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Unslightly transition from tile to drywall - need advice

May 20, 2018

We're almost at the end of a gut bathroom renovation. From the beginning, we were not into the Schluter profile look. The tilers did a great job mitering around the window, the niche, and an outside corner. However, on the curb and one side of the shower, we had to go with Schluter. (Bullnose and pencil tiles were discussed and decided against for the curb, months ago when we put in the tile order. The side transition wasn't discussed in great detail at the time.)

On the left side, the tile runs into the drywall at a 90-degree angle, so no profile was needed. On the right side, however, they used a trim along the edge of the tiled area. I wasn't happy with the metallic look, but my husband convinced me it was better than leaving raw tile edge. I then asked the contractors if perhaps the wall could be brought out to hide the trim a bit, and they said they could totally do that.

They added an extra sheet of drywall to bring it (more or less) level with the tiles. From far away, it looks great.

From close up though, it's awful. I understand that our wall bows out slightly, so the drywall can't line up with the trim perfectly, and the bead sticks out somewhat and can't be sanded down. But what bothers me is the gap of almost 1/8" between the trim and the drywall, and the way it's just spackled and painted over. They are still going to do some "touch ups" on it, but I'm not convinced a simple touch up will make it look good.

Finally, it was just brought to my attention that, since we won't have a full glass enclosure (just a partial glass wall on the left side), the bits of water that will inevitably spray onto this drywall and spackled gap could cause problems down the line.

Did the drywall guy do a crappy job, or are we asking for too much? I feel like they shouldn't have made it sound so "doable" if they knew it would be difficult to line it up nicely.

Any advice on how to fix it at this stage, or is the only way to rip out the drywall and start again? Is it even possible to line it up well if the tile is already in place? Thanks in advance!

Comments (7)

  • PRO
    GN Builders L.L.C

    They should have used drywall end cap or another name for it is J-Bead, that would give sheetrock a straight finished edge. Since they didn't do that, the only option now is try to give a nice finish along the edge to make it look good when close-up or put a piece quarter round to give a straight eased edge.

  • PRO
    BMF Construction

    It appears that the drywall was cut short of the Schluter edge, and compound was placed between the Schluter and the cut edge in the gap? Options could be to

    a. retrofit a metal edge into it and apply compound and paint

    b. dig out the gap, apply compound and mesh tape, then smooth float to the edge of the Schluter so it is smooth and even and consistent from top to bottom (use a 30 or 45 minute compound for the first 2 coats, not pre-mixed). Then paint with several coats since it will get damp from the shower.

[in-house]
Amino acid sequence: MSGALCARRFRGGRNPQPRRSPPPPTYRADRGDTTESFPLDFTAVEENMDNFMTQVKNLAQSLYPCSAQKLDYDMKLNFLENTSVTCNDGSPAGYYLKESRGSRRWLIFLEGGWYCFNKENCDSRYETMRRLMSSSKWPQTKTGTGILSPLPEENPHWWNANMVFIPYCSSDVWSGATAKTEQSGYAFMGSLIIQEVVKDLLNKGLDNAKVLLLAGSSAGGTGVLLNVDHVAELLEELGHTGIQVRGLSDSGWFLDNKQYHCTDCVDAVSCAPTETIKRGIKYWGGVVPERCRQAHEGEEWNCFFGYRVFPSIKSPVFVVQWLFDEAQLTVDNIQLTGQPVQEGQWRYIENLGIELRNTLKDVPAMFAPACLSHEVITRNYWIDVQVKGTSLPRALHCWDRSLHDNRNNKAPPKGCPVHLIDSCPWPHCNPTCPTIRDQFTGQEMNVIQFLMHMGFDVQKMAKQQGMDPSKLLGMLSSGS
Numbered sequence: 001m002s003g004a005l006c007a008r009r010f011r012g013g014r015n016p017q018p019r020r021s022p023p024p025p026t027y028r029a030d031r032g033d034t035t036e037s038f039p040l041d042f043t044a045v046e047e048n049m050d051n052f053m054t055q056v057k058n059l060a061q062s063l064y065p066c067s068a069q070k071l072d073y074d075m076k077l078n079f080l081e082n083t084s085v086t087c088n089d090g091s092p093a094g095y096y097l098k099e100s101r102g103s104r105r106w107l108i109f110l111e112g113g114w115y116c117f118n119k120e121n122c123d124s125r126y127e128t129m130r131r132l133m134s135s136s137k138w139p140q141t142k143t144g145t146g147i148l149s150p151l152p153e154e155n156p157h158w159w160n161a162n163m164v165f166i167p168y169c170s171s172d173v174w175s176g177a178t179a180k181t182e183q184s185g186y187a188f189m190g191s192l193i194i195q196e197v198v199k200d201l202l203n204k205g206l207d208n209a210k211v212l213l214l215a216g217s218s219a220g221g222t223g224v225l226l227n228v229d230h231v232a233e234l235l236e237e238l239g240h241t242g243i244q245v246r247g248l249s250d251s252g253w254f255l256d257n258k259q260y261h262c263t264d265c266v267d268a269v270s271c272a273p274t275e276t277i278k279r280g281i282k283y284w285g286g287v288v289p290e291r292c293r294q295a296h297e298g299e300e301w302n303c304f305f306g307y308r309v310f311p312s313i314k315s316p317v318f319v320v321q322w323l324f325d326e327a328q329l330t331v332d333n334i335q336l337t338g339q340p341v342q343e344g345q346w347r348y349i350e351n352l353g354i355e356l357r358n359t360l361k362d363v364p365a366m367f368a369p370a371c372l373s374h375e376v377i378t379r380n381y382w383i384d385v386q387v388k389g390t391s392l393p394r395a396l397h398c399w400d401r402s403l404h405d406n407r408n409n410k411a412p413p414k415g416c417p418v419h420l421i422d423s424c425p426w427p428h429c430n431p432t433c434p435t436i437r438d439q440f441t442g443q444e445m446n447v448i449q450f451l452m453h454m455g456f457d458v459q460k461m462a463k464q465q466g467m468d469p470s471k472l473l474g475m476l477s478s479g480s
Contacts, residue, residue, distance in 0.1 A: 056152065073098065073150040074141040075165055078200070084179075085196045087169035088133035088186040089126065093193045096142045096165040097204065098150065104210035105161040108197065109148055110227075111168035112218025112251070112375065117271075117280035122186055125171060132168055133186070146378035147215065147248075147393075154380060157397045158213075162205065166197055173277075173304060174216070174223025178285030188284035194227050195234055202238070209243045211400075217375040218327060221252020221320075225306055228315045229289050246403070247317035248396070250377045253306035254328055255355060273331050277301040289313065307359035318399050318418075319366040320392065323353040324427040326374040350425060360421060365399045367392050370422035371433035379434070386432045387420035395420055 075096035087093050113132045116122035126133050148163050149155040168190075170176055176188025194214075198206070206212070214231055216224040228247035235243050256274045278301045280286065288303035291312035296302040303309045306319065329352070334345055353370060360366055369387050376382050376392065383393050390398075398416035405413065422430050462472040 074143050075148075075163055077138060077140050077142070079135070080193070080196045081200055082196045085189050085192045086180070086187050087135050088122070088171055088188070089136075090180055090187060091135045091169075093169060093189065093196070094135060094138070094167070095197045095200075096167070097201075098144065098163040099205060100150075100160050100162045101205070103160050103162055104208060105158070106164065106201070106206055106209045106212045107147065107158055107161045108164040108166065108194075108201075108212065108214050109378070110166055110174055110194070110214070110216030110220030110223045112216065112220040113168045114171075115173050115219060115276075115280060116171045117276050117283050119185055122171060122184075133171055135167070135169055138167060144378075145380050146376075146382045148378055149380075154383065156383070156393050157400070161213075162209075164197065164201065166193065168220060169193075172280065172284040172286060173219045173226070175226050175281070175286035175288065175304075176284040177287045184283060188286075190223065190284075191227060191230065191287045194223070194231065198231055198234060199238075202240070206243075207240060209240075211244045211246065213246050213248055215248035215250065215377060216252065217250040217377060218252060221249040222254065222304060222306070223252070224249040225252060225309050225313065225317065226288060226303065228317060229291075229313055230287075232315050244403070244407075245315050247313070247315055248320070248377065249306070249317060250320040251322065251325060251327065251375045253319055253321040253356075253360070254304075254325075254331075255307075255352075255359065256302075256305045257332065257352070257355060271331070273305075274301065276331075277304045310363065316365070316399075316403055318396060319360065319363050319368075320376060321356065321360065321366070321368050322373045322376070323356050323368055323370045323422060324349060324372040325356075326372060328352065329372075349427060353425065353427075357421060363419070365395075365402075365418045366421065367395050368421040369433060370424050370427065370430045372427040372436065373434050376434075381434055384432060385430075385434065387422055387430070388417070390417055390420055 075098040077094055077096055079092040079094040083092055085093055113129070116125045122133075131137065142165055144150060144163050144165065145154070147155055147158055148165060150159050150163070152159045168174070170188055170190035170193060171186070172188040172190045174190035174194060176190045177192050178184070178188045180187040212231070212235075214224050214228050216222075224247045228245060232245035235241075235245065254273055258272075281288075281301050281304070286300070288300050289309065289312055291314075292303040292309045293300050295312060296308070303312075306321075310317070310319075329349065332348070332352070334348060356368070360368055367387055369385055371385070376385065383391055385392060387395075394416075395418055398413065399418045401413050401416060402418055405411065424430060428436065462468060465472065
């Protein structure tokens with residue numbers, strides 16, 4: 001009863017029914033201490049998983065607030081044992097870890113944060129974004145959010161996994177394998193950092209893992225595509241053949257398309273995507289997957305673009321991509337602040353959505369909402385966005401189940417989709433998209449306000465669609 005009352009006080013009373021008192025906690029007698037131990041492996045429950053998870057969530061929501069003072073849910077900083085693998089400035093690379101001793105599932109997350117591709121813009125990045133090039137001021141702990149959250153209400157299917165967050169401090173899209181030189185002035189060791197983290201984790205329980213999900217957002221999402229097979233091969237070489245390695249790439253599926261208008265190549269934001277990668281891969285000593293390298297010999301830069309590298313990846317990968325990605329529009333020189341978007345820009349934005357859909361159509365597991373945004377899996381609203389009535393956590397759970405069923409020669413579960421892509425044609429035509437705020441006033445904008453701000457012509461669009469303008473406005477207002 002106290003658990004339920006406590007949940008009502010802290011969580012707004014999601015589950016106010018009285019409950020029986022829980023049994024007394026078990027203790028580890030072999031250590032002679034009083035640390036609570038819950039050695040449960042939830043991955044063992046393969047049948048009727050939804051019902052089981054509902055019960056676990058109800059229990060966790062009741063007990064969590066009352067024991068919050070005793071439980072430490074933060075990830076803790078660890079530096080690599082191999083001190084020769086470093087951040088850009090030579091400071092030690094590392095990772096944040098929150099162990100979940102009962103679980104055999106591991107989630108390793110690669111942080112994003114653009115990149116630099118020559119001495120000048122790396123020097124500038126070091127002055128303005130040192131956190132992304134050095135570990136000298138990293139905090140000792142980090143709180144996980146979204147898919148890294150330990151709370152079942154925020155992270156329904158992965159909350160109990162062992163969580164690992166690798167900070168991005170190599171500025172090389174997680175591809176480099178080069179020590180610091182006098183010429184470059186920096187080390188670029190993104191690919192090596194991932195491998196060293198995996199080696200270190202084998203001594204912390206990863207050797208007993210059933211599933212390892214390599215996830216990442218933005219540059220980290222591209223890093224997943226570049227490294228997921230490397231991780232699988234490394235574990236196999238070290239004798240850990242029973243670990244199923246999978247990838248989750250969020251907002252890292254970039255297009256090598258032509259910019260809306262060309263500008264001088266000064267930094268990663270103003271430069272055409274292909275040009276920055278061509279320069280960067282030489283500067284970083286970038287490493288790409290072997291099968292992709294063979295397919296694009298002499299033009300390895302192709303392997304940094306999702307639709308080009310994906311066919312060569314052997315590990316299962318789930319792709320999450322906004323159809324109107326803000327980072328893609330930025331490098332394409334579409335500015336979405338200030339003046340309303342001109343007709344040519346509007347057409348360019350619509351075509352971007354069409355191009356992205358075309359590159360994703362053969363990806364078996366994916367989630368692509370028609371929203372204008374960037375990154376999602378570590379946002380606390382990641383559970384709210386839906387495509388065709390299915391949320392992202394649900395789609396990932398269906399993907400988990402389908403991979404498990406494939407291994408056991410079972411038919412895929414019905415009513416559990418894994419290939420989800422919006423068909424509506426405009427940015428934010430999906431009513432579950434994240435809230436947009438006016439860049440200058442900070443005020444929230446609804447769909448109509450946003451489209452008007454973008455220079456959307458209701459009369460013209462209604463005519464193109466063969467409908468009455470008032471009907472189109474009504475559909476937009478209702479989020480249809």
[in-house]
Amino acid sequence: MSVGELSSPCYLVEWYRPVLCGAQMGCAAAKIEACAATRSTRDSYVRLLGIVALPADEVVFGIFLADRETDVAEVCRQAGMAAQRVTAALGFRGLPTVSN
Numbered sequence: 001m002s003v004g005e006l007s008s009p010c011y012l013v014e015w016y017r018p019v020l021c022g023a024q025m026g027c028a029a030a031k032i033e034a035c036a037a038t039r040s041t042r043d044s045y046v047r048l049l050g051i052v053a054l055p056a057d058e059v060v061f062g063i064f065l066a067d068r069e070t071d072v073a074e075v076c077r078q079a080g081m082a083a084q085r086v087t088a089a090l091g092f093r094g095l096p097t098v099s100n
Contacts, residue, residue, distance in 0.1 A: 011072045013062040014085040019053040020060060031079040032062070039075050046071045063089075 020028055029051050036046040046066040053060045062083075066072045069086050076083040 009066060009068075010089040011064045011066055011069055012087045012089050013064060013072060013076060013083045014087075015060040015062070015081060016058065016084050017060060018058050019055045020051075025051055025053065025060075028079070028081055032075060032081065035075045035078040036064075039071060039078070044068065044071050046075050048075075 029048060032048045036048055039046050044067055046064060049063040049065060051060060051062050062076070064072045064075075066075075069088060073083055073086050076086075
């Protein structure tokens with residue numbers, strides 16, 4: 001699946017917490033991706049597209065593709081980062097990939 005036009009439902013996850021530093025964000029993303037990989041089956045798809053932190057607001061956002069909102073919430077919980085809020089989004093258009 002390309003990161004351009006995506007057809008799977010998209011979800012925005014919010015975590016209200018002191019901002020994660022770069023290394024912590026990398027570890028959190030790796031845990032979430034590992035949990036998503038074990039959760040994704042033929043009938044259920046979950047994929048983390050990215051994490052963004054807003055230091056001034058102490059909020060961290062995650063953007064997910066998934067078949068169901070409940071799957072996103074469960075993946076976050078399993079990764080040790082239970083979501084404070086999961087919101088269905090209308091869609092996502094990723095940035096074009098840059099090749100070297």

• PRO
    Sophie Wheeler

    The fact that water will splash on that wall has nothing to do with the quality of the drywall work there. It has to do with a poor design for a shower that would allow water to spray outside the shower.

  • strategery

    Need a Schluter edge.

  • katyakat

    Thank you for the responses!

    GN Builders, I believe they did use some sort of bead. This bead actually sticks out a bit. It might be hard to see in the photo, but the tile and drywall are approximately on the same level, and there is a ridge that sticks out beyond that surface, which I believe is either a bead, or tape, or something. This is a top view, not to scale:

    BMF Construction, yes you are correct. The drywall was cut a bit too short. I'm not sure what kind of compound they used, but it was coming off like chalk on my fingers, and dried with little holes in places. Even if they dig out the compound, I think they said they can't sand down that ridge.

  • ci_lantro

    You would have been better off to leave it as it was. Instead of the one line of Schulter, now you have three lines--the Schluter, the plastic bead and the filled gap--all calling attention to the bowed wall.

    Not like the Schluter edge looks out of place since you already have it on the shower curb. I actually like those edge treatments since they look clean & crisp & very much at home with contemporary tile jobs like your shower.

    Echoing Sophie, I would really, really re-think the decision not to enclose the shower.

  • katyakat

    It turns out the bead is a metal L-bead. So after some discussion, they decided to dig out the compound and add caulking instead. It's not a perfect solution, but it already looks better than the cracked compound.

    One of the reasons we didn't want Schluter on the right side is we don't have it on the left. Also, the bathroom is at the top of the stairs, so you would really see all that shiny chrome glaring at you each time you walk up the stairs. (Yes, there is already Schluter on the curb, and honestly, I hate it, but I can learn to look past it if it's the only visible one.)

    Regarding the glass enclosure, we may need to add a door later on if there's a lot of water spray. We're getting frameless glass, so in theory retrofitting a frameless door should be doable, right?

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